American Academy of Pediatrics
The American Academy of Pediatrics (AAP) is an American professional association of pediatricians, headquartered in Itasca, Illinois. It maintains its Department of Federal Affairs office in Washington, D.C.
It has the largest pediatric publishing program in the world, with more than 300 titles for consumers and over 500 titles for physicians and other health-care professionals. These publications include electronic products, professional references/textbooks, practice management publications, patient education materials and parenting books.
The AAP periodically issues guidance for child passenger safety, including policy recommendations for transitioning between rear-facing car seats, front-facing car seats, belt-positioning booster car seats, and vehicle safety belts. These recommendations are typically published in the peer-reviewed scientific journal Pediatrics, and tend to attract attention and controversy in popular press and social media.
In a 2012 position statement, the academy stated that a systematic evaluation of the medical literature shows that the "preventive health benefits of elective circumcision of male newborns outweigh the risks of the procedure" and that the health benefits "are sufficient to justify access to this procedure for families choosing it and to warrant third-party payment for circumcision of male newborns," but "are not great enough to recommend routine circumcision for all male newborns". The academy takes the position that parents should make the final decision about circumcision, after appropriate information is gathered about the risks and benefits of the procedure. The 2012 statement is a shift in the academy's position from its 1999 statement in that the academy says the health benefits of the procedure outweigh the risks, and supports having the procedure covered by insurance.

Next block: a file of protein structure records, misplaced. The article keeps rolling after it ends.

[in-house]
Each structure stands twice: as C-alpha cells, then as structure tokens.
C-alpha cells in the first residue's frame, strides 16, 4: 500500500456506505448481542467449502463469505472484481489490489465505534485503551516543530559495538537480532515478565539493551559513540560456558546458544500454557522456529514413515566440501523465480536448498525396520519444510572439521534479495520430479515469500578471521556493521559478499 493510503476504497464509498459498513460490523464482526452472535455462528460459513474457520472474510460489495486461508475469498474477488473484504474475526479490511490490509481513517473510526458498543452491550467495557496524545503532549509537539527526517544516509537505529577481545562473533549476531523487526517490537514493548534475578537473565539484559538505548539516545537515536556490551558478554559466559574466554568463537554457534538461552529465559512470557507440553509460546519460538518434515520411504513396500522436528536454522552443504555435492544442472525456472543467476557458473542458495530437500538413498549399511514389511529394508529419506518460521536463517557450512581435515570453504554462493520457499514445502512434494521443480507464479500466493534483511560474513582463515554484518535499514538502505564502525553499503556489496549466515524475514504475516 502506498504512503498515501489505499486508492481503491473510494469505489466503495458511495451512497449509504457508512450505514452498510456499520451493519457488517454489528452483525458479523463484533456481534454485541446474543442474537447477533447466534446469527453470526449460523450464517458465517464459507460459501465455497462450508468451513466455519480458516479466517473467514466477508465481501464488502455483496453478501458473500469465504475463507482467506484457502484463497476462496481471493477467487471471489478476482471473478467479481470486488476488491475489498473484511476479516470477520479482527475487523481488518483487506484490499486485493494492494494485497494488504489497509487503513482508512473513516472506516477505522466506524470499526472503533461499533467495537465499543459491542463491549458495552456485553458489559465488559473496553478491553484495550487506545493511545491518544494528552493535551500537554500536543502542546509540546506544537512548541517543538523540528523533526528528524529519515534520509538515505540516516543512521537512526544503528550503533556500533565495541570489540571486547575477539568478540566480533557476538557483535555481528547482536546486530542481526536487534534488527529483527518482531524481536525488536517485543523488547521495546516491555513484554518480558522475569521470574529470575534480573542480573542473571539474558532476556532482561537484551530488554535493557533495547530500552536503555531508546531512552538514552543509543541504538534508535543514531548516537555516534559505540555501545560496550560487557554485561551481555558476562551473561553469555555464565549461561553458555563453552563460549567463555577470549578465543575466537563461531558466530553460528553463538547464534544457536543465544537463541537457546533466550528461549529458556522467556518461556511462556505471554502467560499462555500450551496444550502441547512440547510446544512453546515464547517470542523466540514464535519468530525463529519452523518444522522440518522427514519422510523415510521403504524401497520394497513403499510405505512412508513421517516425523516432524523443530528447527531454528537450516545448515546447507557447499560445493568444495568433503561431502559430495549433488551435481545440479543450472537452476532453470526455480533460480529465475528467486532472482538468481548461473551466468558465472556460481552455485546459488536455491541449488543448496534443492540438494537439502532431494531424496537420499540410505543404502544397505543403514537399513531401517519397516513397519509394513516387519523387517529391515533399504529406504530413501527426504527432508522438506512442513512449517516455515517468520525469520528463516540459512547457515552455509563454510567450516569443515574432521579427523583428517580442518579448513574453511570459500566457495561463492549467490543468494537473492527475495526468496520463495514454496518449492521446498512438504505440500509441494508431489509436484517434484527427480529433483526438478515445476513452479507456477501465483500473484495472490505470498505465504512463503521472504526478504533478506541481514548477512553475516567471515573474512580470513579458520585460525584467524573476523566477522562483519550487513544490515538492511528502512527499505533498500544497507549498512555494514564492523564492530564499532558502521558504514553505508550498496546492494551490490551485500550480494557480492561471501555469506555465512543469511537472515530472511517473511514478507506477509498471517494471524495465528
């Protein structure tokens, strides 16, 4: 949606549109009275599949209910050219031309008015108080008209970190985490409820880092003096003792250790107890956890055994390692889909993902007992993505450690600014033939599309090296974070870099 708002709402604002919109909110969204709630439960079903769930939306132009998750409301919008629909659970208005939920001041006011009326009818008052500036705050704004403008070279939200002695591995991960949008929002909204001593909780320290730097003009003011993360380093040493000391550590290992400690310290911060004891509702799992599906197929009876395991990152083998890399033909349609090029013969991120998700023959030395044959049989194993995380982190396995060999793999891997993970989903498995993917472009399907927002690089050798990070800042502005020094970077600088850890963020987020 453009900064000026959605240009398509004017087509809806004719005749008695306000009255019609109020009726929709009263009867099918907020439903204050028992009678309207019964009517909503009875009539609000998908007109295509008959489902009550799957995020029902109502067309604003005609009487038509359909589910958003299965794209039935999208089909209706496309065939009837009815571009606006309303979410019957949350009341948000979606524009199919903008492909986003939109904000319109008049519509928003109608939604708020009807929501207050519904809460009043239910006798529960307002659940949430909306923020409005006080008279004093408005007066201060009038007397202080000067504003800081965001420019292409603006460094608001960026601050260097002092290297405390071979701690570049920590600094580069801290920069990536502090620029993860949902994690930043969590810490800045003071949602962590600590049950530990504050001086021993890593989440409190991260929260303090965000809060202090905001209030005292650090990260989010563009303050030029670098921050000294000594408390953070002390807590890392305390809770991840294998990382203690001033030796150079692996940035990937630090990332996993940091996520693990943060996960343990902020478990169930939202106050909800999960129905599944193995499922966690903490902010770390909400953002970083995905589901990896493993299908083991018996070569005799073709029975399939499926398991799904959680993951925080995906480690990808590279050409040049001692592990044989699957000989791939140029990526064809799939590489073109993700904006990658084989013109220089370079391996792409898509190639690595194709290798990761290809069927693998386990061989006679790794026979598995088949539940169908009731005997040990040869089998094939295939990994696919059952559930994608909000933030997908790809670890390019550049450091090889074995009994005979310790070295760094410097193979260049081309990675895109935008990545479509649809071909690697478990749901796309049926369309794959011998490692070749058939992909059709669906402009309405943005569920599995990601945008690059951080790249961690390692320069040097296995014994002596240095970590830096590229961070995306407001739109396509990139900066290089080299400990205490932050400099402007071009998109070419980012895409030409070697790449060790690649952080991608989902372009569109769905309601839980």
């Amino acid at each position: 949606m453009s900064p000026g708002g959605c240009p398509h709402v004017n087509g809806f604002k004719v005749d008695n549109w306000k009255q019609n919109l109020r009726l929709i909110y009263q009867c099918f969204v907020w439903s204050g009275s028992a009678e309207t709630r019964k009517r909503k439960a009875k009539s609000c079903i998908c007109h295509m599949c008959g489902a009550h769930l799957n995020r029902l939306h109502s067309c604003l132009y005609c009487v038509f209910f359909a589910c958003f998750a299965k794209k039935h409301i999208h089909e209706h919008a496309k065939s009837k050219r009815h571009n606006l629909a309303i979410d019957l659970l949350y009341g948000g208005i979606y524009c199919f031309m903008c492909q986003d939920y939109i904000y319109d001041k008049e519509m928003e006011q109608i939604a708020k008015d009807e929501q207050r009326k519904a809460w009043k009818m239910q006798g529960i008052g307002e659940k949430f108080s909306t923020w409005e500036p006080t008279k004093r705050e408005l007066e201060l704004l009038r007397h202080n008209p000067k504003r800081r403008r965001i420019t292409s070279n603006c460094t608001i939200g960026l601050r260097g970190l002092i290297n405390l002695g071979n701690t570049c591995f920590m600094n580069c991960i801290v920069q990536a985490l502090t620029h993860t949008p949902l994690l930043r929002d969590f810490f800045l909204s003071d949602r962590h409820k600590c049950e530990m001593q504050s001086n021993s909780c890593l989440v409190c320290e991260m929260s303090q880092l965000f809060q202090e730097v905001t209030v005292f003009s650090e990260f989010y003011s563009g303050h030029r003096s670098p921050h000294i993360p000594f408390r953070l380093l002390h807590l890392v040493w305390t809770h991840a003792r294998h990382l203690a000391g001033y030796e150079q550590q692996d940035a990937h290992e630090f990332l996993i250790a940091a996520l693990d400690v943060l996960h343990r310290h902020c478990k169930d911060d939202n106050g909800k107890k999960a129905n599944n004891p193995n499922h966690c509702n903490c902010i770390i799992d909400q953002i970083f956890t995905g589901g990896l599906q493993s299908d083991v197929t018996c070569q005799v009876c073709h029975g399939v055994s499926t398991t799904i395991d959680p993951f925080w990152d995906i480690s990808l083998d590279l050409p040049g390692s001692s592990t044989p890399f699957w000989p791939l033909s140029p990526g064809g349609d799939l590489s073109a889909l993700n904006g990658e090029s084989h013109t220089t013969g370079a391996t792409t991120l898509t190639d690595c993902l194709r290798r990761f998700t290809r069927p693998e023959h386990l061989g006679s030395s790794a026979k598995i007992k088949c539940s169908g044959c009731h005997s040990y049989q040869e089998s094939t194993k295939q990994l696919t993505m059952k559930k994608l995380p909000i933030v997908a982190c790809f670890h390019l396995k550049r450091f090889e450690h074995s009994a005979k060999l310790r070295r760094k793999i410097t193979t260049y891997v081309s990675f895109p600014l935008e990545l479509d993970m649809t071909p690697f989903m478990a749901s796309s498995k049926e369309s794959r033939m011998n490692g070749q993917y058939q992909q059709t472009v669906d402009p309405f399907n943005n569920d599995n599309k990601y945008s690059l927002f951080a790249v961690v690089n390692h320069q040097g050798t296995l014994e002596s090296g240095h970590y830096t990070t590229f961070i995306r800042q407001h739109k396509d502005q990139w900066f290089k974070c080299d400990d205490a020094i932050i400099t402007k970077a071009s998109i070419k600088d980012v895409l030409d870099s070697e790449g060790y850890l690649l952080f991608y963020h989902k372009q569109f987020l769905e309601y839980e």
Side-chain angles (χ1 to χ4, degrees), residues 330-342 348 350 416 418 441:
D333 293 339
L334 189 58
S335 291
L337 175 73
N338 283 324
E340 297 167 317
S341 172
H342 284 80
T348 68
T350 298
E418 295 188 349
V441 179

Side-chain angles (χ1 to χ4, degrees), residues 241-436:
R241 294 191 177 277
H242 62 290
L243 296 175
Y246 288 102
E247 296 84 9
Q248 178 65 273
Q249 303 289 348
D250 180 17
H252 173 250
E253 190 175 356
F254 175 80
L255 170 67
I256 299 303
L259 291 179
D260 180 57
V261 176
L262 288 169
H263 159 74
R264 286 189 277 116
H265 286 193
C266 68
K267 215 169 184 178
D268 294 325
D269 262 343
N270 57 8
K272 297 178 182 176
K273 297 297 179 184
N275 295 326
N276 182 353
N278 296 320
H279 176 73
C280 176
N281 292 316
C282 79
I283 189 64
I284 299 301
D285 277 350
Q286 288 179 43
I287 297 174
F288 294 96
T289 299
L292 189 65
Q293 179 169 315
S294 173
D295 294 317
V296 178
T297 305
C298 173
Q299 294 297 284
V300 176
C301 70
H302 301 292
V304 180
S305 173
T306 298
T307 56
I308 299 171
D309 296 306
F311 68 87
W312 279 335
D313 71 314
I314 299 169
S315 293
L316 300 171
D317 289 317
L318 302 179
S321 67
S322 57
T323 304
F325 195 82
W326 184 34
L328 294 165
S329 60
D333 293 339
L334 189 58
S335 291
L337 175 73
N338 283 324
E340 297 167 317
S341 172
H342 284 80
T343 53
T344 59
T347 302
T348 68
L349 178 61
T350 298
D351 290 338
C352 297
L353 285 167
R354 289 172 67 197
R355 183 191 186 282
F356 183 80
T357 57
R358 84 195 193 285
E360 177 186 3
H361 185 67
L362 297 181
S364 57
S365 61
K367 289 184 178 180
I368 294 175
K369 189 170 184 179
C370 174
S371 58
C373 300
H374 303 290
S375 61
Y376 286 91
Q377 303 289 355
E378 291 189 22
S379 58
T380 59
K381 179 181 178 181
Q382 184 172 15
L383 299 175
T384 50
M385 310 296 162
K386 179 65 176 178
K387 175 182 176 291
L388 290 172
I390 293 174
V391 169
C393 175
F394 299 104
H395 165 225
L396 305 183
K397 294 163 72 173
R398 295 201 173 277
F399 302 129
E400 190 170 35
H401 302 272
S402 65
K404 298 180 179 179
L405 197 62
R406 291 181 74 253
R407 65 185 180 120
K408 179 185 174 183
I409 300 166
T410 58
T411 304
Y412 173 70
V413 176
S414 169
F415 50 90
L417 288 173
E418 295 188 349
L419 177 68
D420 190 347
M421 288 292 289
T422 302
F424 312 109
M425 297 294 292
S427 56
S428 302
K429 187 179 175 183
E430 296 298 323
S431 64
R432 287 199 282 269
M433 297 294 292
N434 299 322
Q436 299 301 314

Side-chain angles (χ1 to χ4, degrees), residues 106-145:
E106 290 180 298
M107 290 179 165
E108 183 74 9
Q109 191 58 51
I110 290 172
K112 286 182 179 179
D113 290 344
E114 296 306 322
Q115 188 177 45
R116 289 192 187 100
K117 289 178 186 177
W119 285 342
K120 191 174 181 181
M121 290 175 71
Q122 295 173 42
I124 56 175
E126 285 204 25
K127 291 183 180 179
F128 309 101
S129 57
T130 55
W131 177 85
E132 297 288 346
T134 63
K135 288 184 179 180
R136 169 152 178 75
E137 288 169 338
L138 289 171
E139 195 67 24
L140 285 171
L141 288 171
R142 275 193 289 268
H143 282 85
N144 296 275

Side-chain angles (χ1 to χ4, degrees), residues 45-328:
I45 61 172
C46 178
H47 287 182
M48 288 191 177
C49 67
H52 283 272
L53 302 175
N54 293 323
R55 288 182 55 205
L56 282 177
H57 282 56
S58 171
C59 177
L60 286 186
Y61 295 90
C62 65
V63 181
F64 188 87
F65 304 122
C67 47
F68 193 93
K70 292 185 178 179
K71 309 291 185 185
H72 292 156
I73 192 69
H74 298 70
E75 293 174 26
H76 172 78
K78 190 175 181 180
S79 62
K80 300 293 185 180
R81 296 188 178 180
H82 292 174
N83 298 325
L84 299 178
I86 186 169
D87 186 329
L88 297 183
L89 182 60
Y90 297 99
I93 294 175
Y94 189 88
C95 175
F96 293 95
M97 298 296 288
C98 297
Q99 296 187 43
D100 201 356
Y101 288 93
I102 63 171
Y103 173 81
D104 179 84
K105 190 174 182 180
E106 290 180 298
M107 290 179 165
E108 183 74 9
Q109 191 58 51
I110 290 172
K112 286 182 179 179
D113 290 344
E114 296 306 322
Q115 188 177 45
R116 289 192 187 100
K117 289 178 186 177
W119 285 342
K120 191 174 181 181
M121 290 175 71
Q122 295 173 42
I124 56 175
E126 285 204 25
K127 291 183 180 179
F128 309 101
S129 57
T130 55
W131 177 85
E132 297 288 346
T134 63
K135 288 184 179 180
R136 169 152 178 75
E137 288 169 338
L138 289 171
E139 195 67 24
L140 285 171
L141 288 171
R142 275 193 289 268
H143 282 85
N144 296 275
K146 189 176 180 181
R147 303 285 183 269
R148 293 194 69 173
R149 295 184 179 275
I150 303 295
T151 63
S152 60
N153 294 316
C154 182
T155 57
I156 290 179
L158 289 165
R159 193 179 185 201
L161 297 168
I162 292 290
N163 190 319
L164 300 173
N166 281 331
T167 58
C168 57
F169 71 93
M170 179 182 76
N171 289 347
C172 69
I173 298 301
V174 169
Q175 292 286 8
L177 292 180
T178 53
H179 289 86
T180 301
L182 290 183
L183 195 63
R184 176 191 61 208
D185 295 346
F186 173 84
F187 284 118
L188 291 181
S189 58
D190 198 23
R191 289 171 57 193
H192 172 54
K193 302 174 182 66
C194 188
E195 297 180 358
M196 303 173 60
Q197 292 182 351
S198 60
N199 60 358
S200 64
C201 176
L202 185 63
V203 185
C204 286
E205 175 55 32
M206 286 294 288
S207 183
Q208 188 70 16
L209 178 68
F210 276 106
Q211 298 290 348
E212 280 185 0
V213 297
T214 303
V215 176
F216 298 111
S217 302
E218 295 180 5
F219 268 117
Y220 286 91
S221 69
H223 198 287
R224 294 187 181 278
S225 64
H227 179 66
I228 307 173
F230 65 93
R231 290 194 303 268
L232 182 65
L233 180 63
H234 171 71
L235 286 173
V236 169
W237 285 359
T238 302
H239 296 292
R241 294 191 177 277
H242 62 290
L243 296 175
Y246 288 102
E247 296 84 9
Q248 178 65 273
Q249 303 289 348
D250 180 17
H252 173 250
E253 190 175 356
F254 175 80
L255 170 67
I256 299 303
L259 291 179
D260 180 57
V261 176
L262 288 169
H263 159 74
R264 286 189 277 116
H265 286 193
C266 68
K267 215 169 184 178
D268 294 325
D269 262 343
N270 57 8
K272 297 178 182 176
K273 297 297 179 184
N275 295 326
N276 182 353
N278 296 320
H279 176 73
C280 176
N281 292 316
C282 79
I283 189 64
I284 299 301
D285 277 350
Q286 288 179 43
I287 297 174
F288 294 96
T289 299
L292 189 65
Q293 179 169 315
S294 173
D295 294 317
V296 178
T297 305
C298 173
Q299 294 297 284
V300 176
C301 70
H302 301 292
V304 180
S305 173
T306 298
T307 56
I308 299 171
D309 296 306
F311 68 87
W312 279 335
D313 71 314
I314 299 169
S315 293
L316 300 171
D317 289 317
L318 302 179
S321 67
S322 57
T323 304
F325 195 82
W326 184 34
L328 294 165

In April 2010, the academy revised its policy statement on female genital cutting, with one part of the new policy proving controversial. Although condemning female genital cutting overall, this statement suggested that current federal law banning the practice had the unintended consequence of driving families to perform the procedures in other countries, where these girls faced increased risk. As a possible compromise, this policy statement suggested that physicians have the option to perform a ceremonial "nick" on girls as a last resort to prevent them from being sent overseas for full circumcision. This particular position proved controversial to advocates for a full ban on female genital cutting under any circumstances and concern from other medical groups that even a "nick" would be condoning this widely rejected procedure. One month later, the academy retracted this policy statement.
Recognizing that insufficient sleep in adolescents is an important public health issue that significantly affects the health and safety, as well as academic success, the American Academy of Pediatrics strongly supports efforts of school districts to optimize sleep in students and urges high schools and middle schools to aim for start times no earlier than 8:30 a.m. to allow students the opportunity to achieve optimal levels of sleep (8.5–9.5 hours) and to improve physical and mental health, safety, academic performance, and quality of life. Although the AAP acknowledges that numerous factors may impair the amount and/or quality of sleep in adolescents - among them, biological changes in sleep associated with puberty, lifestyle choices, and academic demands - it considers school start times before 8:30 a.m. ("earlier school start times") to be a key modifiable contributor to insufficient sleep, together with circadian rhythm disruption. It also recognizes that a substantial body of research has demonstrated that delaying the start of the school day is an effective countermeasure to chronic sleep loss and has a wide range of potential benefits to the physical and mental health, safety, and academic achievement of students - including reduced obesity risk, rates of depression, and drowsy driving crashes as well as improved academic performance and quality of life.
The AAP opposes legalization of marijuana, citing potential harms to children and adolescents. The Academy also opposes medical marijuana "outside the regulatory process of the US Food and Drug Administration." In states that have already legalized marijuana, the Academy recommends that pediatricians and regulators treat it as they would tobacco. The Academy does support "decriminalization" of marijuana -- reductions in the penalties for its use and possession -- in combination with an increased commitment to substance-abuse treatment. The Academy also recommends changing marijuana from a DEA Schedule 1 to a DEA Schedule 2 to facilitate research into pharmaceutical uses.